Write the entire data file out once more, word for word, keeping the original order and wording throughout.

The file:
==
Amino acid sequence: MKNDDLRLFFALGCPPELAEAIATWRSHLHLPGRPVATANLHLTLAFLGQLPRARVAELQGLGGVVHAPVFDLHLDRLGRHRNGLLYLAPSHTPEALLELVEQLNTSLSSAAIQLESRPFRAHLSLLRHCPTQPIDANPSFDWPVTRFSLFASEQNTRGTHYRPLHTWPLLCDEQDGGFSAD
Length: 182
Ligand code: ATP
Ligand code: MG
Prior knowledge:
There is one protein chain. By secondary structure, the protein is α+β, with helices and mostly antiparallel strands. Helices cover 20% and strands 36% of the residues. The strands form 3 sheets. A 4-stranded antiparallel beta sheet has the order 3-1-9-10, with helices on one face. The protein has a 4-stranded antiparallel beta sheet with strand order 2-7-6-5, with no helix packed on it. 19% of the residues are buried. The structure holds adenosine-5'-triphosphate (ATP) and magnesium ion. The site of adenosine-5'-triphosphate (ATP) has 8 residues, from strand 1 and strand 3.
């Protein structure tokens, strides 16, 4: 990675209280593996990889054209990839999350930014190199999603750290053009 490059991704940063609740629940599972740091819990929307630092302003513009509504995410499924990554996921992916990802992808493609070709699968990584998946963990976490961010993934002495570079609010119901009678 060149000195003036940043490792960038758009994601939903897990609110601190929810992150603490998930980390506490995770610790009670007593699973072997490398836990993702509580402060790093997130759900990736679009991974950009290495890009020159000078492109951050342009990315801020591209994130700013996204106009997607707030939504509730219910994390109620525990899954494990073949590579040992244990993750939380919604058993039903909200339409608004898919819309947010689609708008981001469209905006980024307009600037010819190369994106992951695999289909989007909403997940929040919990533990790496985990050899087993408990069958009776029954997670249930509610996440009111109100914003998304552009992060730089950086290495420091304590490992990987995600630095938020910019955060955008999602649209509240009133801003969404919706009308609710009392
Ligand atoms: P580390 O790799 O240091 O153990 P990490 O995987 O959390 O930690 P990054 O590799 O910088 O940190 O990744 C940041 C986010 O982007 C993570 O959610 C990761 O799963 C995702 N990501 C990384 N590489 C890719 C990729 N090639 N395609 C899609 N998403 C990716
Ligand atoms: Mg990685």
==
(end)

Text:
Amino acid sequence: MKNDDLRLFFALGCPPELAEAIATWRSHLHLPGRPVATANLHLTLAFLGQLPRARVAELQGLGGVVHAPVFDLHLDRLGRHRNGLLYLAPSHTPEALLELVEQLNTSLSSAAIQLESRPFRAHLSLLRHCPTQPIDANPSFDWPVTRFSLFASEQNTRGTHYRPLHTWPLLCDEQDGGFSAD
Length: 182
Ligand code: ATP
Ligand code: MG
Prior knowledge:
There is one protein chain. By secondary structure, the protein is α+β, with helices and mostly antiparallel strands. Helices cover 20% and strands 36% of the residues. The strands form 3 sheets. A 4-stranded antiparallel beta sheet has the order 3-1-9-10, with helices on one face. The protein has a 4-stranded antiparallel beta sheet with strand order 2-7-6-5, with no helix packed on it. 19% of the residues are buried. The structure holds adenosine-5'-triphosphate (ATP) and magnesium ion. The site of adenosine-5'-triphosphate (ATP) has 8 residues, from strand 1 and strand 3.
């Protein structure tokens, strides 16, 4: 990675209280593996990889054209990839999350930014190199999603750290053009 490059991704940063609740629940599972740091819990929307630092302003513009509504995410499924990554996921992916990802992808493609070709699968990584998946963990976490961010993934002495570079609010119901009678 060149000195003036940043490792960038758009994601939903897990609110601190929810992150603490998930980390506490995770610790009670007593699973072997490398836990993702509580402060790093997130759900990736679009991974950009290495890009020159000078492109951050342009990315801020591209994130700013996204106009997607707030939504509730219910994390109620525990899954494990073949590579040992244990993750939380919604058993039903909200339409608004898919819309947010689609708008981001469209905006980024307009600037010819190369994106992951695999289909989007909403997940929040919990533990790496985990050899087993408990069958009776029954997670249930509610996440009111109100914003998304552009992060730089950086290495420091304590490992990987995600630095938020910019955060955008999602649209509240009133801003969404919706009308609710009392
Ligand atoms: P580390 O790799 O240091 O153990 P990490 O995987 O959390 O930690 P990054 O590799 O910088 O940190 O990744 C940041 C986010 O982007 C993570 O959610 C990761 O799963 C995702 N990501 C990384 N590489 C890719 C990729 N090639 N395609 C899609 N998403 C990716
Ligand atoms: Mg990685």